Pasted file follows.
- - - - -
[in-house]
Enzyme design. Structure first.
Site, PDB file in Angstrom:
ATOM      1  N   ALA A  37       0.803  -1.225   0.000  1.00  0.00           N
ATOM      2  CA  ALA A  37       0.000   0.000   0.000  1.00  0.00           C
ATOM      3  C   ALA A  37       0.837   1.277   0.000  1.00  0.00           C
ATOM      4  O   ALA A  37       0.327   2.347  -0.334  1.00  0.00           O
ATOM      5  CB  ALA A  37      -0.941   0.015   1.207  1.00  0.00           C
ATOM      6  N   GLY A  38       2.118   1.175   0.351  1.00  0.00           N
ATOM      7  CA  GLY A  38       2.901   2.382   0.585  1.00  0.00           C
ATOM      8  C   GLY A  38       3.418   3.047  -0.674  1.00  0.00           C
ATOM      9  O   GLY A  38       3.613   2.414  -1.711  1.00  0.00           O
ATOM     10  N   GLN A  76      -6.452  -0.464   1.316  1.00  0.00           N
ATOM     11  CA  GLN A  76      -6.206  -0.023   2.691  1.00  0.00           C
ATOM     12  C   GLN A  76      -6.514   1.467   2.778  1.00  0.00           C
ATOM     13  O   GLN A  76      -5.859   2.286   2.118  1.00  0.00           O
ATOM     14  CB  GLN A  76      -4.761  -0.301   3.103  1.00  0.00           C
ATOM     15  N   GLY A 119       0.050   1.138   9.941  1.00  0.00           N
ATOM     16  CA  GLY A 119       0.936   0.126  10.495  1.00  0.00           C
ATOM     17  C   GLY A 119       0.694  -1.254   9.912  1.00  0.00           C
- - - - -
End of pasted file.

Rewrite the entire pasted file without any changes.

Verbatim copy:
[in-house]
Enzyme design. Structure first.
Site, PDB file in Angstrom:
ATOM      1  N   ALA A  37       0.803  -1.225   0.000  1.00  0.00           N
ATOM      2  CA  ALA A  37       0.000   0.000   0.000  1.00  0.00           C
ATOM      3  C   ALA A  37       0.837   1.277   0.000  1.00  0.00           C
ATOM      4  O   ALA A  37       0.327   2.347  -0.334  1.00  0.00           O
ATOM      5  CB  ALA A  37      -0.941   0.015   1.207  1.00  0.00           C
ATOM      6  N   GLY A  38       2.118   1.175   0.351  1.00  0.00           N
ATOM      7  CA  GLY A  38       2.901   2.382   0.585  1.00  0.00           C
ATOM      8  C   GLY A  38       3.418   3.047  -0.674  1.00  0.00           C
ATOM      9  O   GLY A  38       3.613   2.414  -1.711  1.00  0.00           O
ATOM     10  N   GLN A  76      -6.452  -0.464   1.316  1.00  0.00           N
ATOM     11  CA  GLN A  76      -6.206  -0.023   2.691  1.00  0.00           C
ATOM     12  C   GLN A  76      -6.514   1.467   2.778  1.00  0.00           C
ATOM     13  O   GLN A  76      -5.859   2.286   2.118  1.00  0.00           O
ATOM     14  CB  GLN A  76      -4.761  -0.301   3.103  1.00  0.00           C
ATOM     15  N   GLY A 119       0.050   1.138   9.941  1.00  0.00           N
ATOM     16  CA  GLY A 119       0.936   0.126  10.495  1.00  0.00           C
ATOM     17  C   GLY A 119       0.694  -1.254   9.912  1.00  0.00           C